Gordon MacLelland: Part 2

Date of publishing: 14th November 2017

Have you seen a difference in youth athletes when youth sports parents positively embrace their role by supporting the player also the whole team?

Of course.  A positive culture that focuses on the things that matter can lend itself to an amazing environment being created for the player by the coaches and by the parents on the sidelines.  Notice we use the word positive culture here.  We are not going to say winning is not important; of course,  it is and can be too many people.  However, if a culture does not use this as its major and only success criteria then we can expect to see a major shift in attitude.

A club culture should be focussing on processes, creating an environment where learning and skill acquisition can thrive.  The culture should also be positively praising hard work, commitment, great communication, resilience, self-organisation and decision making.  If we can get coaches and parents to understand and see this being rewarded then maybe the focus can shift and we are more likely to see positive behaviour from all parties.


What advice would you give coaches that are unsure/nervous about preventing negative behaviour/comments from the sideline and educate parents within youth sports?

I feel very sorry for young coaches and those who are volunteers in particular in this area.  With experience and as their communication skills improve they are far more likely to tackle these areas.

However, clubs and organisations need to take the lead, the coaches should just be setting their own example on a consistent message that has already been communicated by people higher than them.  There should be messages, policies and procedures in place that allow the coach to positively reinforce the club culture without the fear of any backlash from parents.

There are a number of things that coaches can do to help this relationship. However, please take a look at the infographic below which gives a basic framework for things for coaches to think about.


For those parents unaware of their influential role, what advice would you give parents?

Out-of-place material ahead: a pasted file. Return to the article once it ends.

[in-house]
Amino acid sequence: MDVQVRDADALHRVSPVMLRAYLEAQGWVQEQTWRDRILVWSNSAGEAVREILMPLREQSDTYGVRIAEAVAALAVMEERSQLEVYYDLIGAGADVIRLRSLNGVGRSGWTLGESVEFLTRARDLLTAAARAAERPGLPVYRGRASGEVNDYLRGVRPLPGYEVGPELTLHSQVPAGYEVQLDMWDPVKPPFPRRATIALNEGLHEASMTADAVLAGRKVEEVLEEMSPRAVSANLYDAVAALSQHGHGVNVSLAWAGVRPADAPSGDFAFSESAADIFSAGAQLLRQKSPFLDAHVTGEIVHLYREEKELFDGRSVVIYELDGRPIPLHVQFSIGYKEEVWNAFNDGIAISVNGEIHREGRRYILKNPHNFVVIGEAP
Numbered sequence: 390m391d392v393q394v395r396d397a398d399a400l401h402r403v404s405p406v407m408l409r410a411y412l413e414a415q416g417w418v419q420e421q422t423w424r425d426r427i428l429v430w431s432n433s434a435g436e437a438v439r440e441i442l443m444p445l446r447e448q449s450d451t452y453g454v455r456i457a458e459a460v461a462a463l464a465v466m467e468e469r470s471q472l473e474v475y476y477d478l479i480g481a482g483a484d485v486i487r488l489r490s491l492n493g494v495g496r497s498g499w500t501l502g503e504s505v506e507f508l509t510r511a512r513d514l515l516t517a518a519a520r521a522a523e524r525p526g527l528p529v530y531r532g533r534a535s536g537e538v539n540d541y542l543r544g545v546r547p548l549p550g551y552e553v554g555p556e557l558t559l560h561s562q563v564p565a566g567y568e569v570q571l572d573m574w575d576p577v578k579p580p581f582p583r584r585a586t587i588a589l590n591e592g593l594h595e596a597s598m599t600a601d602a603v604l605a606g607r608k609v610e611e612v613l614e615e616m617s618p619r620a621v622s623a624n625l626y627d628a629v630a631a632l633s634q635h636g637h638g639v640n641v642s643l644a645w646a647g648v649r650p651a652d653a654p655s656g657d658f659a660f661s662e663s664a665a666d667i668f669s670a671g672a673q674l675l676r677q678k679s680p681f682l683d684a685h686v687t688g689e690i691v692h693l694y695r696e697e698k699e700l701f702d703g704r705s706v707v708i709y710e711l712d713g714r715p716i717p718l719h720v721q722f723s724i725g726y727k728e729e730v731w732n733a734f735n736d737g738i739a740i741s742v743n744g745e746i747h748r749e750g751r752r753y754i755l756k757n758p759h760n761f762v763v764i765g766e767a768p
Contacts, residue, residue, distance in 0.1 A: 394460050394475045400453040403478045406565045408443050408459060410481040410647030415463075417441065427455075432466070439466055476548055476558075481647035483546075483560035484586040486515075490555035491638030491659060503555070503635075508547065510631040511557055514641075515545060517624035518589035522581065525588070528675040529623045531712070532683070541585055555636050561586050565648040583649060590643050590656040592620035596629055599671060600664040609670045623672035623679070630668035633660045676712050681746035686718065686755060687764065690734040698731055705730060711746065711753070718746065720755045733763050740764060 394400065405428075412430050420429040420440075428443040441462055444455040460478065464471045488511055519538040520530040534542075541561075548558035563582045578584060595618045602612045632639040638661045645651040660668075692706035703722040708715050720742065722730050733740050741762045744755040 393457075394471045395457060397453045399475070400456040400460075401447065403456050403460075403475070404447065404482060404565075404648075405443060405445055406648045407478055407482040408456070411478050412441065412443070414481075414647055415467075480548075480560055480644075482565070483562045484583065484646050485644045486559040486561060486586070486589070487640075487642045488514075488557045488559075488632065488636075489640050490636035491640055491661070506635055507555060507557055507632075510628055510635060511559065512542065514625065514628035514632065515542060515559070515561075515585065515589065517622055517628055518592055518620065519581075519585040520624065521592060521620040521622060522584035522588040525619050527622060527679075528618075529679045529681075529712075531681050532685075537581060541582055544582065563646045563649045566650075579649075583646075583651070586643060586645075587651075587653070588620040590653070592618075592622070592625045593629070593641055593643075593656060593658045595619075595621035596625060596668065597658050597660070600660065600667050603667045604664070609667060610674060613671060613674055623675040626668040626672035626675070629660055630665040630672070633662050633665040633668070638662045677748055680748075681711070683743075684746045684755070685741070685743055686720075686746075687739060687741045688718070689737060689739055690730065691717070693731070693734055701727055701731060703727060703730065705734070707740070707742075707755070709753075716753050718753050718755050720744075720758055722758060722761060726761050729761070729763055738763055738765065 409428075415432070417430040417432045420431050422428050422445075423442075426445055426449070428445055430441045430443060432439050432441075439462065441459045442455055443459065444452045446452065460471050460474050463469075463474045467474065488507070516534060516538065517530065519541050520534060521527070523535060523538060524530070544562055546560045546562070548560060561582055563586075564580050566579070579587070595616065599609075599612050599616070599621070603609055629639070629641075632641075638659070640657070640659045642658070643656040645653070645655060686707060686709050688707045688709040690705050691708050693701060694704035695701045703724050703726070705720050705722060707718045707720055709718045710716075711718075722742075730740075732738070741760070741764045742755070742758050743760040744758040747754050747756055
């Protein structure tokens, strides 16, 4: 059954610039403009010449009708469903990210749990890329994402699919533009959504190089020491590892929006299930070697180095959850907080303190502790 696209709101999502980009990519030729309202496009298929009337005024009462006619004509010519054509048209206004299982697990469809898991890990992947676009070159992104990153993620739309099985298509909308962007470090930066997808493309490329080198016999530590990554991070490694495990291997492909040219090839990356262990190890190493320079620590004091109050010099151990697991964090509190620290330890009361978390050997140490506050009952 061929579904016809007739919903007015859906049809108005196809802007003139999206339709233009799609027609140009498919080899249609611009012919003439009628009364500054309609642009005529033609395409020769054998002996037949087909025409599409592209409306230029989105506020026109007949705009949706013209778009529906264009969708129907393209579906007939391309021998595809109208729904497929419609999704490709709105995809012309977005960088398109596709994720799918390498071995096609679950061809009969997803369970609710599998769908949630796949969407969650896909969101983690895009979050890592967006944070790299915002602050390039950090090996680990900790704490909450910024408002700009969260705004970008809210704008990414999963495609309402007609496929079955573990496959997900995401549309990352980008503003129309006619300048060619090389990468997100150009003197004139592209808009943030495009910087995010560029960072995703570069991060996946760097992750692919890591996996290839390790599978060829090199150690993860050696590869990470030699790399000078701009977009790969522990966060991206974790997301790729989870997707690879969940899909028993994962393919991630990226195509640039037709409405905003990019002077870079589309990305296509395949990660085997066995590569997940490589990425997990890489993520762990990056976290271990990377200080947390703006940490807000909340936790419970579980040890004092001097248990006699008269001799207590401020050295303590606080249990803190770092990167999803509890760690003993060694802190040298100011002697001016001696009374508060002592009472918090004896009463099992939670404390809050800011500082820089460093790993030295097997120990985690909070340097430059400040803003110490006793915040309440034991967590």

You are the key person in their life.  Never underestimate how big a role model you are.  You have the opportunity to help shape your child and their love of sport for many years to come.  You should also be enjoying it along the way – it will not last forever.

Try to improve your knowledge of what your child is going through, please visit us at www.parentsinsport.co.uk.  If you are armed with the correct information I genuinely hope and believe that you will make better and more informed choices from keeping things in perspective, the car journey home and match day on the touchline.  I personally have certainly moderated my own behaviour with my own children over the last couple of years and it has been a far more enjoyable experience.

Click here to purchase yours: Sporting Do’s & Don’ts

What types of behaviours/mannerisms/comments would you encourage parents to demonstrate?

Positive, Positive, Positive!  Don’t over talk a match before you get there, a child doesn’t think like adults unless we make them.

Display positive body language at all times, your child will make mistakes and there will be moments of failure.  They need to see you being happy and consistent no matter how you are feeling on the inside.

Afterwards, leave them alone unless they want to talk to you.  It is their game and if they want to they will talk to you about it I promise!  Please try not to give them the Match of the Day debriefs on the way to the car and in the car on the way home.

You are their parent, enjoy it, be a great role model and have a wonderful sporting experience together.

You can find more about WWPIS on these social media outlets, and access to a wide variety of material on a daily basis please follow WWPIS on Facebook and Twitter:


Facebook: WWPIS

Twitter: @_WWPIS

Thank you Gordon, for taking the time to complete the following interview questions.

The Sporting Resource


Leave a Reply

Fill in your details below or click an icon to log in:

WordPress.com Logo

You are commenting using your WordPress.com account. Log Out /  Change )

Twitter picture

You are commenting using your Twitter account. Log Out /  Change )

Facebook photo

You are commenting using your Facebook account. Log Out /  Change )

Connecting to %s

This site uses Akismet to reduce spam. Learn how your comment data is processed.

%d bloggers like this: